Cable & Wireless yesterday clinched the takeover of Energis after surviving an eleventh hour attempt by rival bidder Thus to scupper the telecoms tie-up.
The deal, which is worth an initial £594 million, will add a clutch of corporate customers, including the BBC, RAC and Royal & Sun Alliance, and strengthen C&W's position in the highly competitive telecoms market.
However, C&W, the country's second largest fixed line operator behind BT, warned that the combination of the two businesses would result in the loss of 700 jobs by March 2008, as it looks for £80 million of annual savings.
Such savings would help it to invest in new technology and new products.
The deal was almost derailed after some holders of Energis debt threatened to block the deal if the price was not increased. C&W gave the funds until 5pm on Monday to back the takeover. Earlier that day Glasgow-based Thus tabled a surprise reverse takeover bid worth £800 million.
Thus is a quarter the size of Energis but had raised £600 million in cash with the rest set to be paid in its shares.
As well as the initial £ 594 million, C& W has pledged to inject some £35 million to meet the company's short-term capital requirements.
It plans to retain the services of Energis chief executive John Pluthero, the former Freeserve boss, who will be appointed executive director of the UK business and join the C&W board.
The deal continues the shake-up of Cable & Wireless following a restructuring that led it to pull out of the United States.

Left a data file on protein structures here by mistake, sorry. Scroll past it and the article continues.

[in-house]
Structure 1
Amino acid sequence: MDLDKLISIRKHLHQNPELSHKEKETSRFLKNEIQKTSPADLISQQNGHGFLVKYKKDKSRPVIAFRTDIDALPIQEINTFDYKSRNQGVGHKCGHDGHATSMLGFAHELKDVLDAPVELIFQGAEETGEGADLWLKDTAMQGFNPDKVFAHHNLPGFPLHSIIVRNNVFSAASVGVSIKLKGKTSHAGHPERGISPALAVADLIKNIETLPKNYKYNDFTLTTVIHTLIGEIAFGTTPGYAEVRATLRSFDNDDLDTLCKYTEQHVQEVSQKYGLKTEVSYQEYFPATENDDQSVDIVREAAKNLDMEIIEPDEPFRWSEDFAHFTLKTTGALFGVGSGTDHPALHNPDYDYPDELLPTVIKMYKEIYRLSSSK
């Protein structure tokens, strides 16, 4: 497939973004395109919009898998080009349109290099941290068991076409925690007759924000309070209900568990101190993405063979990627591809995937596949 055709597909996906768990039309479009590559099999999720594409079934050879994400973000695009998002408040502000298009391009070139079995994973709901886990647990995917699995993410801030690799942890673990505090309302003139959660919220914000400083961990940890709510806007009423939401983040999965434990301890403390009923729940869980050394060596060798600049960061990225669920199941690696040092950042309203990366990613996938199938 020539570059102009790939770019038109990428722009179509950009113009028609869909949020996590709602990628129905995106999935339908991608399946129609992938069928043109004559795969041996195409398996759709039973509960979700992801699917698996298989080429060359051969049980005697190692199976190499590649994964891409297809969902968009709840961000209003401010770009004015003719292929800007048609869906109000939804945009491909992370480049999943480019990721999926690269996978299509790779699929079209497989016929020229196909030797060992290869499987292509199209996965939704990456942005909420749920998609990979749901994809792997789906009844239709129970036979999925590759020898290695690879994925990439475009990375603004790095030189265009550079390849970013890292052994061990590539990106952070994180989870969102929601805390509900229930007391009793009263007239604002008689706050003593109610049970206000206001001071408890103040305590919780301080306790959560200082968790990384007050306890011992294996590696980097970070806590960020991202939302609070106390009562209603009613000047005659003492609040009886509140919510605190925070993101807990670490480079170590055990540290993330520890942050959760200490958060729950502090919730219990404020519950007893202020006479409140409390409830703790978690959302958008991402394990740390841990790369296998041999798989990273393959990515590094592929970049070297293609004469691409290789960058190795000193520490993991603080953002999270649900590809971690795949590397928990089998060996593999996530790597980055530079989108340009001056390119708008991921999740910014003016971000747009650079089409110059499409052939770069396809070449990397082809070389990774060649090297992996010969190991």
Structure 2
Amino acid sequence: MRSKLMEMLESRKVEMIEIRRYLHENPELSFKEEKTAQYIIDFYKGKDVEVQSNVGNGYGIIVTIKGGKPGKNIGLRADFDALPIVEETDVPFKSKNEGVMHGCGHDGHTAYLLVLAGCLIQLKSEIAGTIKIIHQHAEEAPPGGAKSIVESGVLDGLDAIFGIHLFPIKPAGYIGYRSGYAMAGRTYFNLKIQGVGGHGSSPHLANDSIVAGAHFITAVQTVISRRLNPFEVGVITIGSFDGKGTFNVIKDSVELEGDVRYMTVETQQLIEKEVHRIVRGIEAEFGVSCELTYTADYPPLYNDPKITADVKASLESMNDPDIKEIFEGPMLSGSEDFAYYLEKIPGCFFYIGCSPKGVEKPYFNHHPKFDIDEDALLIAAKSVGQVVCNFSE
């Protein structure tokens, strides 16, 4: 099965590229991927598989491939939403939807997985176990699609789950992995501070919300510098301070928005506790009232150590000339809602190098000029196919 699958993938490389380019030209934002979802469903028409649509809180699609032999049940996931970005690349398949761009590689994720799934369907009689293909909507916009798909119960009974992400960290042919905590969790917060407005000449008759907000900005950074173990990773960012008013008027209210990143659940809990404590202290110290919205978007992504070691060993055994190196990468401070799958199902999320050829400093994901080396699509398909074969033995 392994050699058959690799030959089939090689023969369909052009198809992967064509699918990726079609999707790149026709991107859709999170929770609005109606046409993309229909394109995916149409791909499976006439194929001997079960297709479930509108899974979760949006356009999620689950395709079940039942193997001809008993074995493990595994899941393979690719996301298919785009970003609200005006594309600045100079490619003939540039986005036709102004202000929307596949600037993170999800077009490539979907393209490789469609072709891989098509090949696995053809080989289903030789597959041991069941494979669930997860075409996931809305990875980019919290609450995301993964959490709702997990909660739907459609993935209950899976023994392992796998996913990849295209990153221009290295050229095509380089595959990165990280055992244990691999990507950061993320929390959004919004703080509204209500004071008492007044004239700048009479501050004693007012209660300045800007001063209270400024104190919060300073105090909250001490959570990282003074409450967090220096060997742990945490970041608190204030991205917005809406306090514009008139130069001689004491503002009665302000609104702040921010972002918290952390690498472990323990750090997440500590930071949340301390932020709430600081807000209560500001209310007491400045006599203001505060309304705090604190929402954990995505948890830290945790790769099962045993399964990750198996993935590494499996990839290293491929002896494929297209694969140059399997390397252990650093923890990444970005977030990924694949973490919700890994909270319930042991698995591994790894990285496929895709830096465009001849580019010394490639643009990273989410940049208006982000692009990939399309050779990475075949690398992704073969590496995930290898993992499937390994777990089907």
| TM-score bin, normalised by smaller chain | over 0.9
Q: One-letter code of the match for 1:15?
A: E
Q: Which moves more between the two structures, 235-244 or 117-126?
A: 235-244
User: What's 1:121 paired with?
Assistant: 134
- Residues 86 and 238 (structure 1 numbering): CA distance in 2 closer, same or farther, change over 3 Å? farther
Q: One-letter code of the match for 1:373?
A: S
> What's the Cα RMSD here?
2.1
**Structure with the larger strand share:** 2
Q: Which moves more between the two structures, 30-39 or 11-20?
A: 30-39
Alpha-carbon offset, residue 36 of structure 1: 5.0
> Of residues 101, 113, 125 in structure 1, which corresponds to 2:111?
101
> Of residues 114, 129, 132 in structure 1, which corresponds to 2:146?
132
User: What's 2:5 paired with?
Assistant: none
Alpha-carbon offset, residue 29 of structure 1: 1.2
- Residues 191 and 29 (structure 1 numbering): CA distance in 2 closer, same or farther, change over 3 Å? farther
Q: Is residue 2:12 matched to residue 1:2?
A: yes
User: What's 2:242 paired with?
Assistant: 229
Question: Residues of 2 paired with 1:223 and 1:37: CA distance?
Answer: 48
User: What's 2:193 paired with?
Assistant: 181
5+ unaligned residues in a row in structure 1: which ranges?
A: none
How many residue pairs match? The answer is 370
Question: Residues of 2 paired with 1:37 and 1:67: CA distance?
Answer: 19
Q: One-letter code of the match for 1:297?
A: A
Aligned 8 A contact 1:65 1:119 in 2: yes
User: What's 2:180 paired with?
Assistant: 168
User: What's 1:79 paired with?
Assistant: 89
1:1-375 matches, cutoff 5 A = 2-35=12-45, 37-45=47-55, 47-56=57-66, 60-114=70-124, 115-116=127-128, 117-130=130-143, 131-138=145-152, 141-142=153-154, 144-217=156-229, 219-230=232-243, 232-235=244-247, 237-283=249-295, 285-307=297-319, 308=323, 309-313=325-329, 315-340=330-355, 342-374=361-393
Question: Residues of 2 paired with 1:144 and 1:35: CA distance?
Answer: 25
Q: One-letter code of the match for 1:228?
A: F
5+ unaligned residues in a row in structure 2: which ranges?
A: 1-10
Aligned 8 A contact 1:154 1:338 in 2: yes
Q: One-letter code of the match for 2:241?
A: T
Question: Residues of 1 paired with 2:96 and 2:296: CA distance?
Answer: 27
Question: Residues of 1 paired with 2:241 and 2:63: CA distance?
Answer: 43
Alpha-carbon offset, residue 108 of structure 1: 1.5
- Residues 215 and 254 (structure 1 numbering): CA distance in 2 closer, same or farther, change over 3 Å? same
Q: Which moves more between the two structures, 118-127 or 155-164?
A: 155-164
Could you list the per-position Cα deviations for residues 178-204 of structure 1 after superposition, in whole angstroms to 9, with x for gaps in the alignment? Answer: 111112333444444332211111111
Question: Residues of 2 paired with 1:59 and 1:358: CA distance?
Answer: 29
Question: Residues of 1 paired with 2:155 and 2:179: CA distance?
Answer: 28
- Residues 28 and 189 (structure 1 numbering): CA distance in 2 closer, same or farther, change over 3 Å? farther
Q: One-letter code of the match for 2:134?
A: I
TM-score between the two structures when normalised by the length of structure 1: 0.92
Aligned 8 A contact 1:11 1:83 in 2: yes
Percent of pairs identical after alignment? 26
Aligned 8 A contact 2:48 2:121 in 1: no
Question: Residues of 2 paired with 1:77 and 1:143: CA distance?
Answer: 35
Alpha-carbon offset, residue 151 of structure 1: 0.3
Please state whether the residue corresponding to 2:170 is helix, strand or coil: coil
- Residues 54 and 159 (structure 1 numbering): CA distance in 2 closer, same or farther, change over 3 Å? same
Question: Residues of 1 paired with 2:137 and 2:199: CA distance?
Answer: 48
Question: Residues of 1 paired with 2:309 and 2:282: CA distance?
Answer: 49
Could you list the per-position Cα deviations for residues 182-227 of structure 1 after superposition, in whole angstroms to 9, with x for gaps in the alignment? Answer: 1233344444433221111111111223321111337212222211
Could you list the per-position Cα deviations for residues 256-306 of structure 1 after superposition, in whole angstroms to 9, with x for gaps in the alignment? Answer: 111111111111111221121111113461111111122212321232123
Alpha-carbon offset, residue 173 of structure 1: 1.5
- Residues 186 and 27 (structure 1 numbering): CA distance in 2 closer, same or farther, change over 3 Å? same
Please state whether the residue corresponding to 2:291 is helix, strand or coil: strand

It has focused on developing its UK operation and recently expanded through the acquisition and subsequent roll out of internet service provider Bulldog.
Chief executive Francesco Caio said the addition of Energis created "a stronger player with the scale needed to succeed in the increasingly competitive telecoms industry".
It will also allow traffic carried by Energis to be transferred to a new network being developed by C&W.
Privately-owned Energis, which offers products and services ranging from contact centres to data, voice and internet, employs about 1,550 people at offices in places such as London, Reading, Leeds and Dublin.
The firm's board stuck by the proposal from C&W after rejecting the counter offer for "reasons of value, uncertainty and deliverability".
Three years after completion of the deal, C&W will pay up to £80 million, dependent on the level of its share price. In addition, £126 million will be distributed to debt-holders from Energis's cash reserves.
C&W hopes to finalise the acquisition by the autumn, but warned the new addition would impact on its figures in the second half. It stands to lose around £10 million from the elimination of existing trading relationships between itself and Energis, while it expects underlying earnings in the UK to reduce by £5 million because of factors such as short-term business uncertainty.
The market gave a cool reception to the merger and a general sell-off of telecoms stocks saw C&W lead the FTSE 100 losers league, closing 6.75 down at 156.25p